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Ode ao querido mês de Agosto

“She comes from Dubai!” – Ode to August

August is a beloved month for Portuguese emigrants. It means holidays, time to kill homesickness. It also means hot temperatures, beach perfect long days that end up on the boardwalk cafés with a feast of beer, boiled snails (very famous portuguese summer snack), toasted bread with butter and sandy feet.

Once surrounded by your “usual suspects” you realize time hasn´t changed your bonds. The cumplicity printed in true friendship is still the same among laughs, jokes and new stories.

Parents are the most proud beings of the legacy we´ve conquered, as emigrants, in the world. Specially moms, who are just the best marketing tool when it comes to spread your “deeds” everywhere. Reason why I do believe emigrants share the same interesting phenomenon back home. When you arrive and go out (with your mom) don´t you feel everyone sneaked a “bit” into your movements and whereabouts? Kinda like if you were in some sort of Hollywood magazine but, of course, in a smaller context – your hometown. I call it the “Homellywood” phenomenon; and this phenomenon can have a massive chain reaction due the most specialized agent of “word-of-mouth” – your mom.

Mr. Hélder from the usual bakery knows that´s been a long time since I had that magnificent heated croissant with two slices of cheese and three of ham. He doubles the dose as he realizes I lost some weight – “She came from Dubai, needs extra quantity” – says my mom. The lady from Casa da Baía (a cultural center in Setúbal) shows me some cute “town proud” t-shirts which I get quite tempted to buy – “Oh she came from Dubai she won´t find nothing like this there..”. Mrs. Cilinha from Verde e Branco restaurant saw me grow up eating mullets. She notices how I eat one after another without a break. My mom adds “Oh she came from Dubai, fish is not that tasty there..”. Miss Amelia from Lanidor store, notices how tanned I am – “Oh she came from Dubai, she can go to the beach all year around” – she says. I entered another store and a lady welcomes my mom adding “I know you just arrived from Dubai”. I go for another store to buy some earrings for a wedding when.. “Oh she just came from Dubai, had no the time to buy some things she needed”. And the list of “homellywood” situations goes on and on. Neighbor Miguel, who owns a seafood restaurant on Setúbal boardwalk, realizes I´m making a huge effort to keep myself awake with a tempting tray of oysters in front of me – “Aww, she came from Dubai, didn´t rest much since she arrived..” – mom informed.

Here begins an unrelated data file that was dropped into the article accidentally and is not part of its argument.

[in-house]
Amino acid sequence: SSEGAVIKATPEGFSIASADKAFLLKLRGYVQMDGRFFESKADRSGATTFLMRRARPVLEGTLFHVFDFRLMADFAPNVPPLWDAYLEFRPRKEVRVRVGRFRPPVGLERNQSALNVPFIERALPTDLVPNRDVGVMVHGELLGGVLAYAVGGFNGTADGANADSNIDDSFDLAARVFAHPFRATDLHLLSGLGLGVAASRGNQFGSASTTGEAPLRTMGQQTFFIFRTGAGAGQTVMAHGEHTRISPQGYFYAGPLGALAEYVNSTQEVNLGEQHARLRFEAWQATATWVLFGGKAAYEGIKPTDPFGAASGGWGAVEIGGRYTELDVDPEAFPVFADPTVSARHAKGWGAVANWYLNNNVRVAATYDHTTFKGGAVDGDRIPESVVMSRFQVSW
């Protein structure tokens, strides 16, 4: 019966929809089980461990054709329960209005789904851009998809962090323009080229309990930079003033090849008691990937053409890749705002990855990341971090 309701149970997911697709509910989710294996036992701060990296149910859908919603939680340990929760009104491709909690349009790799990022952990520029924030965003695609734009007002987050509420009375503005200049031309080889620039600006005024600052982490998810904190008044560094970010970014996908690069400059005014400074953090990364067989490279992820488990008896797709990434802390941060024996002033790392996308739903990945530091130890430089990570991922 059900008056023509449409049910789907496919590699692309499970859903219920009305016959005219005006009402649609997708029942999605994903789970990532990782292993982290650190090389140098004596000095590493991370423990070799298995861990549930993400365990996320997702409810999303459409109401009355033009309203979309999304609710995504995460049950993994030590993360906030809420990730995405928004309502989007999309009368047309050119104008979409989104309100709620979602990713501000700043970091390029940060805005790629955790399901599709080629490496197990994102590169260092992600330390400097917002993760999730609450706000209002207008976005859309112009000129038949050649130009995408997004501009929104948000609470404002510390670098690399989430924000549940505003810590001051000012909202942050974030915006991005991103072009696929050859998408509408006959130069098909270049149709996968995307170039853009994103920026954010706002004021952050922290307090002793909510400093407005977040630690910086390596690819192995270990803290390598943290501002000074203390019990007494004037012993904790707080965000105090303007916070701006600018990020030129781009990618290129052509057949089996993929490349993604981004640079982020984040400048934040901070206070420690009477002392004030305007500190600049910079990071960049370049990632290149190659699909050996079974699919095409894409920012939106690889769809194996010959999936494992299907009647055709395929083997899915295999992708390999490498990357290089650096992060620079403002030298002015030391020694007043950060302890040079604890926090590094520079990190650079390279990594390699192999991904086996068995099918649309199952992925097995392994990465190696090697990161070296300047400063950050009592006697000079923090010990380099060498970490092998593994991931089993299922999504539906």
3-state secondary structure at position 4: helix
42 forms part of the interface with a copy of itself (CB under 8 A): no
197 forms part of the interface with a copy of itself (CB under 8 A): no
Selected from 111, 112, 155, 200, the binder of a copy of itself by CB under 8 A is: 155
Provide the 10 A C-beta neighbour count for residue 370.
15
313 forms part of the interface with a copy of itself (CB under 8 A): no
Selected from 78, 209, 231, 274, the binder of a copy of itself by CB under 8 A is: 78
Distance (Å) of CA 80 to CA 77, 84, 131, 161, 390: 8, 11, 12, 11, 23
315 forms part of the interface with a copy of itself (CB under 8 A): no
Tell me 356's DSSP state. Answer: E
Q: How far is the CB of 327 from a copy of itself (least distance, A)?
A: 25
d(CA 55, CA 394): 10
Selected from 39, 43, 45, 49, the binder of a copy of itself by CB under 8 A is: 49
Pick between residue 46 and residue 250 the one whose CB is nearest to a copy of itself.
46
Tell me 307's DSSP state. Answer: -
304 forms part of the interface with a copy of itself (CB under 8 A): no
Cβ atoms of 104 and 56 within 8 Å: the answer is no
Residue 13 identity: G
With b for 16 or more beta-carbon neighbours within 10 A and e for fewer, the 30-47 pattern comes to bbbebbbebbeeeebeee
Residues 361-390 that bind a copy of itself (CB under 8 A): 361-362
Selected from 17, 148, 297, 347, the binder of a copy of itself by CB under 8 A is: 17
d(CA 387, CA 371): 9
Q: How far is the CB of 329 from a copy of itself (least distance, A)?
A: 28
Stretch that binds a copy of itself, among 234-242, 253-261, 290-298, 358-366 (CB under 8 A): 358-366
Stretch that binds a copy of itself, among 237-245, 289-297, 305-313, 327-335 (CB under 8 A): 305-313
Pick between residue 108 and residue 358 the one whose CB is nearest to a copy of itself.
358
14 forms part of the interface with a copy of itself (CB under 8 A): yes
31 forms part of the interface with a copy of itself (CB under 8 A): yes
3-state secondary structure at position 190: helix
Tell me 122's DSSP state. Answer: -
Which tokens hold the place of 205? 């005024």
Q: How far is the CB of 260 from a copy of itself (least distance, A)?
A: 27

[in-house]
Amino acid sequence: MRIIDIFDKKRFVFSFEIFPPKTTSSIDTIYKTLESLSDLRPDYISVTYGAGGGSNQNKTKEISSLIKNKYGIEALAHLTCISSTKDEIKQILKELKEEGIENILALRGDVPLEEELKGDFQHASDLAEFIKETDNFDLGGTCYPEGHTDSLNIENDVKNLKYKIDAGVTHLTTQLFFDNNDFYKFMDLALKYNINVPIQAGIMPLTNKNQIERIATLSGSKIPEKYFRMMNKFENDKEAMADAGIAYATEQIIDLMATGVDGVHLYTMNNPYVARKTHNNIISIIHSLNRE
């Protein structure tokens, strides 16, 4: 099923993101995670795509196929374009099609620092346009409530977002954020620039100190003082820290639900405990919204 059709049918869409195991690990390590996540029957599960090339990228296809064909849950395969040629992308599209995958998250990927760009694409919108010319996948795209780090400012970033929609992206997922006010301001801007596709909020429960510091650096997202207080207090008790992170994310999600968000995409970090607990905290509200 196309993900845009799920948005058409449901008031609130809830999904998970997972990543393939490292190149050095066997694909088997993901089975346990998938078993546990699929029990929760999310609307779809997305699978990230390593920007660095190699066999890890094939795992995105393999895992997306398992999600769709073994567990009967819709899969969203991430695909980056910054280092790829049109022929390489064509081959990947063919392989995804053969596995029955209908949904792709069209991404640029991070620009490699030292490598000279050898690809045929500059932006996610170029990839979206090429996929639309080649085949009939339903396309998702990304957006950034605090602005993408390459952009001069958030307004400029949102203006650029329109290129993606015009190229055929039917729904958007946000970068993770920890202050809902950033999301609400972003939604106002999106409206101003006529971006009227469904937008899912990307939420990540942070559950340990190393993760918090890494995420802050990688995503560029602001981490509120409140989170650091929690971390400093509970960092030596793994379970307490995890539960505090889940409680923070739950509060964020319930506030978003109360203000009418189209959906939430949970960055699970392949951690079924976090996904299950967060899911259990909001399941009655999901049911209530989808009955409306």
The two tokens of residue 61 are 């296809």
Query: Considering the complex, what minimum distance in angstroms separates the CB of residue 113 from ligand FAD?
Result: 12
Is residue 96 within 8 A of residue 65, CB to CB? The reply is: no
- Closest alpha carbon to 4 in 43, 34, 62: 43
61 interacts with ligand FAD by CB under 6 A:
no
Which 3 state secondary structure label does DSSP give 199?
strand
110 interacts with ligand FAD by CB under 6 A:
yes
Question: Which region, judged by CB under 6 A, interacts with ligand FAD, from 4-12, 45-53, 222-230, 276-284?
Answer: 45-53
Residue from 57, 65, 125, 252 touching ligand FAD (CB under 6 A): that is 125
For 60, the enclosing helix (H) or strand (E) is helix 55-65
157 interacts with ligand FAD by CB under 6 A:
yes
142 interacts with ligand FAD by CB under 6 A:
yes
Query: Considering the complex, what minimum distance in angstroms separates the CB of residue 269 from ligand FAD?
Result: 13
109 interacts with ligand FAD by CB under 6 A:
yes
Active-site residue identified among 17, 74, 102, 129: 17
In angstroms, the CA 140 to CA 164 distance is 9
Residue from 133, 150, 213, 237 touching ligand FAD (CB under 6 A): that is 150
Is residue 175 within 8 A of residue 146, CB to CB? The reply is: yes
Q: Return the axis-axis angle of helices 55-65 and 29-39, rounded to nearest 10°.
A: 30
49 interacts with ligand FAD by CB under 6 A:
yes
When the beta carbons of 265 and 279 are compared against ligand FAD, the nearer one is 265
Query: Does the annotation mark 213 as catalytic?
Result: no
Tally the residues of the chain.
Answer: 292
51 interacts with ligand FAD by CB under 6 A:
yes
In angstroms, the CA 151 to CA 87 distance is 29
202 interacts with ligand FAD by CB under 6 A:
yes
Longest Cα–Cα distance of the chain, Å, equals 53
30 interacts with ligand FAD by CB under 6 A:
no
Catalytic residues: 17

The word Dubai arises like something unreachable. “It´s like paradise, right?”. No, it´s not. By this time where temperatures round 40º and your heart is homesick, paradise starts with a P, ends with L and has the Atlantic Ocean by its side. Belongs to the Iberian Peninsula and it´s not a Spanish province or a country from South America. Cristiano Ronaldo has made that clear!

You breathe history, culture, life. In the desert instead, you breathe sand, camel´s fur, concrete, lust. No wonder the word Dubai does tell you: “Do buy”.

With arms wide open I enjoy the “homellywood” phenomenon. Nothing better to reinforce it than hugging your loved ones . A Hug, such a wonderful bonding “system”: two arms open which close in an embrace. “There´s more power in a strong hug than in a thousand of words.”

Happy “Hugust!”


Maria Bonifácio Lopes

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